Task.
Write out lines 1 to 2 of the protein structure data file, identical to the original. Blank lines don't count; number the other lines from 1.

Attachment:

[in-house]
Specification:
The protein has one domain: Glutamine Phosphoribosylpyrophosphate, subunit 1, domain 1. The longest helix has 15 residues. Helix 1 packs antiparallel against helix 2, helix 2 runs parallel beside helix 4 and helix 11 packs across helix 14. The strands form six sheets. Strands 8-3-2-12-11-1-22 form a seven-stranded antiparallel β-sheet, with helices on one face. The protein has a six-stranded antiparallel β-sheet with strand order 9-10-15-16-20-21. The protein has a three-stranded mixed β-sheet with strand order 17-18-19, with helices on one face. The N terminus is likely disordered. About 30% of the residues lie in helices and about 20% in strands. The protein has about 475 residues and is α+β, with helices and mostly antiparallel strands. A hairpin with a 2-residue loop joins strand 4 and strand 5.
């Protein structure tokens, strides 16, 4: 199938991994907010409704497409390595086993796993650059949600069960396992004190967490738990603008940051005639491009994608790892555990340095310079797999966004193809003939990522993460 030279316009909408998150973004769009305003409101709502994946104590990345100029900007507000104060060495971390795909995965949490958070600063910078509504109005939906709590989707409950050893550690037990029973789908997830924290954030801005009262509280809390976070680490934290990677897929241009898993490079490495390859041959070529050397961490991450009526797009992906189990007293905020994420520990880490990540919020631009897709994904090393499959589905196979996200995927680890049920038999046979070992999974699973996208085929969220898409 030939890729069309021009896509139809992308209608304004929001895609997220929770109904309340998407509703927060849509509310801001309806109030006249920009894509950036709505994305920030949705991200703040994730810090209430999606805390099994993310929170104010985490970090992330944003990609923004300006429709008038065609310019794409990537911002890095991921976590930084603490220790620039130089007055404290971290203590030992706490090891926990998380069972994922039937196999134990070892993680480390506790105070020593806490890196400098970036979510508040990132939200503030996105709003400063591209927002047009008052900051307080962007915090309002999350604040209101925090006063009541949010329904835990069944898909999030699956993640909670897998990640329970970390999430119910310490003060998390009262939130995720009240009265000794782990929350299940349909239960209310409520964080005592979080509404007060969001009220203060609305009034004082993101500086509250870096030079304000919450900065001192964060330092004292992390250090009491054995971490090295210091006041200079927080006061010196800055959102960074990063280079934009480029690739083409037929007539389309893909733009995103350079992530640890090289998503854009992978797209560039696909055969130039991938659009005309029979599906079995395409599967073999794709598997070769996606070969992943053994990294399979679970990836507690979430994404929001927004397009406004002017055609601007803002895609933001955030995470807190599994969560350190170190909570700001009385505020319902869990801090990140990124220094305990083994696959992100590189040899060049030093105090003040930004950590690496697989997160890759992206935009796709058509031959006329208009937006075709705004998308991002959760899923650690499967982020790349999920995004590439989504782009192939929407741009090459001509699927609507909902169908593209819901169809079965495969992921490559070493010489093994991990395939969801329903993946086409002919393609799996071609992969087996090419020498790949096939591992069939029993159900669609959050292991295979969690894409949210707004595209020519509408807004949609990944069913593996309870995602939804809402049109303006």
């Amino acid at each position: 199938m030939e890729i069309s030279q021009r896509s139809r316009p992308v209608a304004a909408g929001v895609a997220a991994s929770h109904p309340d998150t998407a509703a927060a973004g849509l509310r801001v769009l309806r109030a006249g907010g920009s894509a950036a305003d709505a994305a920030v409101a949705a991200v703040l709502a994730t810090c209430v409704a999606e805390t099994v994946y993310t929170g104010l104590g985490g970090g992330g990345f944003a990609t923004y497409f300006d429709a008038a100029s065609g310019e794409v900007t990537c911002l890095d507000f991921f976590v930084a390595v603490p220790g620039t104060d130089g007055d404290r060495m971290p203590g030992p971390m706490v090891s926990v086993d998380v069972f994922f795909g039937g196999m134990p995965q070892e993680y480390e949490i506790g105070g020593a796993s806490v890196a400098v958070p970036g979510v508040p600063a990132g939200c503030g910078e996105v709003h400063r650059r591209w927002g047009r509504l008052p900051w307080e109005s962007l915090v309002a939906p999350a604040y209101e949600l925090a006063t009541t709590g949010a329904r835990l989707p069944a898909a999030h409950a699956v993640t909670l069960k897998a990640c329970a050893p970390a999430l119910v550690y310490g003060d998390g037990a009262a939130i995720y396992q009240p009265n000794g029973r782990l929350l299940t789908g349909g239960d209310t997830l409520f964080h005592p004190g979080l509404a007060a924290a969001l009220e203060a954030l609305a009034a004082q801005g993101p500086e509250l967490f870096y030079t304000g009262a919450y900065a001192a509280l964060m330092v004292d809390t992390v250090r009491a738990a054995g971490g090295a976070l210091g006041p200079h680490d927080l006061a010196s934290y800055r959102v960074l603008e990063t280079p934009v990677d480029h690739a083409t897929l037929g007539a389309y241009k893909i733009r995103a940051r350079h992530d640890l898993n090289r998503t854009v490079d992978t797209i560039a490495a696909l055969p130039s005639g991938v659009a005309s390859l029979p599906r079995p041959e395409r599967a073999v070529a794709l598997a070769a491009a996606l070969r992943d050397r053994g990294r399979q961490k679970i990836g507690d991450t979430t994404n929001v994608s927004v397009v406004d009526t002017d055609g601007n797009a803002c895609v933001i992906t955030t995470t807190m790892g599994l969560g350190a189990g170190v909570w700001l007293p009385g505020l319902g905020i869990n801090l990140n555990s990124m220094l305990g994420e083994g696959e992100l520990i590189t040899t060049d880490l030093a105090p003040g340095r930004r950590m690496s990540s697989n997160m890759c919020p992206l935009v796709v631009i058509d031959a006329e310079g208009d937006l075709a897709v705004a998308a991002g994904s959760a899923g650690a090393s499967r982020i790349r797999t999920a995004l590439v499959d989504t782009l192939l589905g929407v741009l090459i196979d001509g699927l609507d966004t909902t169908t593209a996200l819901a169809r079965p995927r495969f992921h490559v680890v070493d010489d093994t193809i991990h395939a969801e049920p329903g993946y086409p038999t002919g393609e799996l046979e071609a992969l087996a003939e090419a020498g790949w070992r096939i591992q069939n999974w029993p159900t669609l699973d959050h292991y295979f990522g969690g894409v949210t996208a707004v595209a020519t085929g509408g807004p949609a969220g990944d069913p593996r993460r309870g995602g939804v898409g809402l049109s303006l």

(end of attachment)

[in-house]
Specification: